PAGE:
Recent Posts

Pages: 1 2 3 [4] 5 6 ... 10
Savage Messiah: Ken Russell / Re: Ken Russels Treasure Island
« Last post by BoyScoutKevin on March 04, 2019, 10:11:39 PM »
Realism and anachronisms

While Ken's biographical and historical films, such as . . .
Prisoner of Honor -- Gothic -- Valentino -- Lisztomania -- Mahler -- Savage Messiah -- The Devils -- and The Music Lover . . .
have their moments of reality, and . . .

The Boyfriend
. . .which is somewhat exaggerated, is still a fairly realistic look at what goes on on stage and behind the scenes, and while . . .

Lair of the White Worm
. . . is even more exaggerated, there are moments of reality in it. Unlike . . .

Ken Russell's Treasure Island
. . . which is filled with anachronisms. If we date the story in the film from 1765, which the film does.

cola -- dynamite -- a rifle that fires multiple times without reloading -- slot machines -- stethoscopes -- t-shirts
. . . are all products of the 19th century. And while the . . .
. . . dates back to the time of the Ancient Greeks, the metal one in the film, again dates back to the 19th century.

Not anachronisms
There are something things seen in the film that may seem like an anachronism, but may not be,  such as . . .
bingo, 16th century Italy -- the cuckoo clock, 18th century Germany --
and while the use of tobacco in Europe dates to the 16th century, the cigar in Europe dates to the middle of the 18th century, so it may or may not be an anachronism.

Next time: typical and atypical Ken
Beckett, Bond, Pinter discussion / Re: Beckett's Footfalls and Play in London
« Last post by Iain Fisher on February 27, 2019, 10:11:24 PM »
I just saw this, it is highly recommended.  A faithful production of both plays end-to-end, Play bringing out Beckett's humour and Footfalls bringing out the sadness of the woman.  Really good direction, good sets (the three vases, the hallway), nice dark lighting and very good acting.
Savage Messiah: Ken Russell / Re: Ken Russels Treasure Island
« Last post by BoyScoutKevin on February 26, 2019, 05:02:32 PM »

Robert Louis Stevenson's "Treasure Island," which I hold is one of the greatest sea stories ever written, and one of the few books I can read over and over again.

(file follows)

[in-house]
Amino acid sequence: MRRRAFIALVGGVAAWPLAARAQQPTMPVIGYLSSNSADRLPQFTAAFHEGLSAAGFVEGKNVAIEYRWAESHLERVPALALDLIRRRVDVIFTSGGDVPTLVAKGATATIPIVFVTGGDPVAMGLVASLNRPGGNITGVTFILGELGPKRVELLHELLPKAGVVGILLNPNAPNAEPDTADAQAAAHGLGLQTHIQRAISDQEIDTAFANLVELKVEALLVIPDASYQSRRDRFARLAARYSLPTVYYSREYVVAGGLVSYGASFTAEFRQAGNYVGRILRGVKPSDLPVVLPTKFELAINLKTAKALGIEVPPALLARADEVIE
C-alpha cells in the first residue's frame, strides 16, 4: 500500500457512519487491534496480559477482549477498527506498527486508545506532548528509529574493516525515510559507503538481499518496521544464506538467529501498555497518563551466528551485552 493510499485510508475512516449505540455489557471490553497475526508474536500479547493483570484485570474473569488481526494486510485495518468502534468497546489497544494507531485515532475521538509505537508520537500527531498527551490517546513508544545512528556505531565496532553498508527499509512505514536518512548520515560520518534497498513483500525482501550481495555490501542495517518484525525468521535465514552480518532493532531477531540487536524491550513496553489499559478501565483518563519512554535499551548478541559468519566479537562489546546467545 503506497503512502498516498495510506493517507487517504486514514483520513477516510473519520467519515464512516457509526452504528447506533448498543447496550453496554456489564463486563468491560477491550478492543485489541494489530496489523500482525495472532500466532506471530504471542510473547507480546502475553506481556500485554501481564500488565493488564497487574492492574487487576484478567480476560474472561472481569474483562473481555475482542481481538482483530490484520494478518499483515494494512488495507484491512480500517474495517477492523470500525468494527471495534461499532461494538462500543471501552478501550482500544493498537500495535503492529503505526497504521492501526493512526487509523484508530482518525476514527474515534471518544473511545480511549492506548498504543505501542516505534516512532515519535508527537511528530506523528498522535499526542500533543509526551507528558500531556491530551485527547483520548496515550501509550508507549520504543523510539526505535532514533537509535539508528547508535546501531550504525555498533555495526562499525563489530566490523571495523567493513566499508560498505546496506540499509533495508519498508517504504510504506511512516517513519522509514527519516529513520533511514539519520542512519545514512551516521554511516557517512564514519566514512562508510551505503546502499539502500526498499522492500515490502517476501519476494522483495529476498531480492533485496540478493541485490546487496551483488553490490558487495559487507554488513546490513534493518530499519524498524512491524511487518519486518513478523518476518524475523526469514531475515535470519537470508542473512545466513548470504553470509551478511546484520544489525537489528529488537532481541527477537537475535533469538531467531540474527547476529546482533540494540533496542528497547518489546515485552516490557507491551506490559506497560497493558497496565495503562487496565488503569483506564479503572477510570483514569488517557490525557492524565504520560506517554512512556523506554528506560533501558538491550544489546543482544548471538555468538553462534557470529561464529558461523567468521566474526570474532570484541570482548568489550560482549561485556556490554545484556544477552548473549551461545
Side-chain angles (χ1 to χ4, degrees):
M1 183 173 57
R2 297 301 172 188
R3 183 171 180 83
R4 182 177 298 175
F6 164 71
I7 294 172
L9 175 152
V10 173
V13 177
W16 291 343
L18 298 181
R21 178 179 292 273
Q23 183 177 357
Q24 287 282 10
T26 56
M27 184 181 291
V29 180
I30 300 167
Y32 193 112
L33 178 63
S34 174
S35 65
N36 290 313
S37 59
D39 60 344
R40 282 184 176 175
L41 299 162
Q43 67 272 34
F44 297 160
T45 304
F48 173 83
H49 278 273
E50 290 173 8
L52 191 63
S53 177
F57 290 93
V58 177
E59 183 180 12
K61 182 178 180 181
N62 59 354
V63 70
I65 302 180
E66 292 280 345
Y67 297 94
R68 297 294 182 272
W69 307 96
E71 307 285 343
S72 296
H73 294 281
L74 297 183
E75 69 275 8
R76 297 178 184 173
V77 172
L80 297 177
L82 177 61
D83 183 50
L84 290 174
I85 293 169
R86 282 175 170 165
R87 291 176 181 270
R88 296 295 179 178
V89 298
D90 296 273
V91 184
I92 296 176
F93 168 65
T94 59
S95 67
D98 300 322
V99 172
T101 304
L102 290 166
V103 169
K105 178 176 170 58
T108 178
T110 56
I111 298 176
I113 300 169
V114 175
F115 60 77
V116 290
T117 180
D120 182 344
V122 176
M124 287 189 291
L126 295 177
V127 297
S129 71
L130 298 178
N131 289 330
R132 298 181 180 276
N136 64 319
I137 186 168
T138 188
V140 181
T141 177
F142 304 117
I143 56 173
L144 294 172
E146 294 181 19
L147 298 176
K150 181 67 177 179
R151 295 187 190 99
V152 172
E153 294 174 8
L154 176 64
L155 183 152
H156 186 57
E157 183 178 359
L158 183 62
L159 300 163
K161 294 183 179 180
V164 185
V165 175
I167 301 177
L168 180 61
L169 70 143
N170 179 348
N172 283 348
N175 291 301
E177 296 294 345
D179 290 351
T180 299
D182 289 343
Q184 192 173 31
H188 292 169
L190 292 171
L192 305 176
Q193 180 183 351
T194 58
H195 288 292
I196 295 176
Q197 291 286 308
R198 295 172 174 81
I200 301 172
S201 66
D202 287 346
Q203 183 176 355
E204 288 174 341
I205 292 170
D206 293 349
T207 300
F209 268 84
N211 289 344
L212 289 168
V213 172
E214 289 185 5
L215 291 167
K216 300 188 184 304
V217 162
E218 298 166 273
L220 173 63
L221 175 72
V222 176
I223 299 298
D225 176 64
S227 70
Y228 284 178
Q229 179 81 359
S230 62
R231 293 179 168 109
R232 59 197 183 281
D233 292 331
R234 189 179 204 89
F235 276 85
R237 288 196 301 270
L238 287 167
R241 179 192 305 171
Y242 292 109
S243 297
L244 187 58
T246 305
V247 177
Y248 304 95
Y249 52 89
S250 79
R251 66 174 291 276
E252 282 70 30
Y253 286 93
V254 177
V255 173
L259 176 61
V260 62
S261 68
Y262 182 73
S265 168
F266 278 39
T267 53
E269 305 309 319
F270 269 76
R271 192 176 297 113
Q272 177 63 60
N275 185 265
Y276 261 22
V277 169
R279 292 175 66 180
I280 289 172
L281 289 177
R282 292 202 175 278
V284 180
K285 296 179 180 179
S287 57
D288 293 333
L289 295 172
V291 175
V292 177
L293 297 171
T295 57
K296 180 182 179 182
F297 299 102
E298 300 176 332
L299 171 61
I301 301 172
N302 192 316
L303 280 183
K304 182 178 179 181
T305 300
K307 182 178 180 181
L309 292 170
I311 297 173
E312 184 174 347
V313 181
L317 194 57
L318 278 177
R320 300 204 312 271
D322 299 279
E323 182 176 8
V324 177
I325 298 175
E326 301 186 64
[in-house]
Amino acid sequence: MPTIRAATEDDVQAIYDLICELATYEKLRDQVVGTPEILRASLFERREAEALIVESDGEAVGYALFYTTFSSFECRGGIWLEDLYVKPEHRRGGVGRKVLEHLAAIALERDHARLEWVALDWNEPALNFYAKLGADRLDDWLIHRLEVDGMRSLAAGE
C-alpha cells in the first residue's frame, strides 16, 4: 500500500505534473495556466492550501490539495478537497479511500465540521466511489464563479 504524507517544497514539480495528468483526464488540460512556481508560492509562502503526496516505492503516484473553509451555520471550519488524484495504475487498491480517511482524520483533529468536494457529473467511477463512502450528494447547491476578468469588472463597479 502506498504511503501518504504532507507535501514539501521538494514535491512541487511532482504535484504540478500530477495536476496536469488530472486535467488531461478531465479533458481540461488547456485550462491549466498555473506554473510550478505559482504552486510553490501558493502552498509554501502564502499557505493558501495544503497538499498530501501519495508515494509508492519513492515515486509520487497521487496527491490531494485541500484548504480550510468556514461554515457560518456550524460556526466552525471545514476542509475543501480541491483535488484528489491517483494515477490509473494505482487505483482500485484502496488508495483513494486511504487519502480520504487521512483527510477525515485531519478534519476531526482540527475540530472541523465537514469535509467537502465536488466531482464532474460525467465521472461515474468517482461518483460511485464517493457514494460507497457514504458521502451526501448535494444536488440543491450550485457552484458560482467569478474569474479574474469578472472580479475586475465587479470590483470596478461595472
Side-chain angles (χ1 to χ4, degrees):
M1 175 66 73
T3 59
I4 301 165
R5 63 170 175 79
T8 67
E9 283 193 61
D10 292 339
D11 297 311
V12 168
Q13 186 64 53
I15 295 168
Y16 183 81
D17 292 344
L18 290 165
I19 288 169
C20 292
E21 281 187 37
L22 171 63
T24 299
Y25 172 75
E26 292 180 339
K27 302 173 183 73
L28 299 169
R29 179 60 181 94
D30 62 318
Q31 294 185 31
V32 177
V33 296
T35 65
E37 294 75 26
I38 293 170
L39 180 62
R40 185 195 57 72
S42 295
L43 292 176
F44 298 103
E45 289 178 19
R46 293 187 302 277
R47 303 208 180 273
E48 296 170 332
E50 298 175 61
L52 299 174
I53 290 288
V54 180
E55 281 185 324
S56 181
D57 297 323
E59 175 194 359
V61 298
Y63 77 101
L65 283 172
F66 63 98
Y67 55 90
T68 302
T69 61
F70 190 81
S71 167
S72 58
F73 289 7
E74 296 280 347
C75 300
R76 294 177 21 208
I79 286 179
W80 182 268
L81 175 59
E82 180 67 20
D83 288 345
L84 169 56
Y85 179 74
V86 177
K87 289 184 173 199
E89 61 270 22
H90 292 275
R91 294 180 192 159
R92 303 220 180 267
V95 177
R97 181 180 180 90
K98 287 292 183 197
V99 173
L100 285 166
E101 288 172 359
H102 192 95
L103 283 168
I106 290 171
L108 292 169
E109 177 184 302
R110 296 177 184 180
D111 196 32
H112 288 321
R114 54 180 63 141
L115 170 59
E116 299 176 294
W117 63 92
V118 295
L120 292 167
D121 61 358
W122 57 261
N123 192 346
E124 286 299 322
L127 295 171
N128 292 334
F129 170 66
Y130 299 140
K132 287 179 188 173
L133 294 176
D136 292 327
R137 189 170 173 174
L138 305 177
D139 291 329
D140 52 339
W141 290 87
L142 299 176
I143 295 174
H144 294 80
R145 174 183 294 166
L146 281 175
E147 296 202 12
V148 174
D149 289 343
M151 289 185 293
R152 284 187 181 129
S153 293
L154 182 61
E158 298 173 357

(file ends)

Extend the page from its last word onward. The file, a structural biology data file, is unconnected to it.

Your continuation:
And one of the most filmed books ever written. With . . .
Wallace Beery as Long John Silver. Seen
Robert Newton as Long John Silver. Seen
Orson Welles as Long John Silver. Seen
Charlton Heston as Long John Silver. Unseen
Jack Palance as Long John Silver. Seen

The last is a version I dislike, because it turned Long John Silver from the villain in the story to the hero of the story.

And then there are the variations of the story.
the western Scalawag with Kirk Douglas as the Long John Silver type of character
the animated Treasure Planet with Brian Murray voicing the Long John Silver type of character
and Muppets Treasure Island with Tim Curry as Long John Silver. More on this later.

Next time: realism and anachronisms
Steven Berkoff discussion / Harvey: Berkoff 's work in progress
« Last post by Iain Fisher on February 18, 2019, 11:59:59 PM »
Berkoff writes, directs and performed Harvey, his new play being performed as a work in progress.  It is on at the Playground Theatre, London from 12-19 Feb 2019.
Berkoff plays Harvey Weinstein reflecting on the situation he is in.  The production is highly recommended.

Details are here
Savage Messiah: Ken Russell / Re: The Secret Life of Arnold Bax
« Last post by BoyScoutKevin on February 16, 2019, 08:33:15 PM »
--I finally found a PAC, where the sound worked, so I could listen to this, while I watched it. I don't know whether this increased my appreciation or not. As an artist, I have found Ken more of a visual artist, then a verbal artist, exept, in films like Lair of the White Worm, where he is more unrestrained than he is here.

Eating and drinking
--People are seen eating and/or drinking 5 more times in the 2nd half of the film.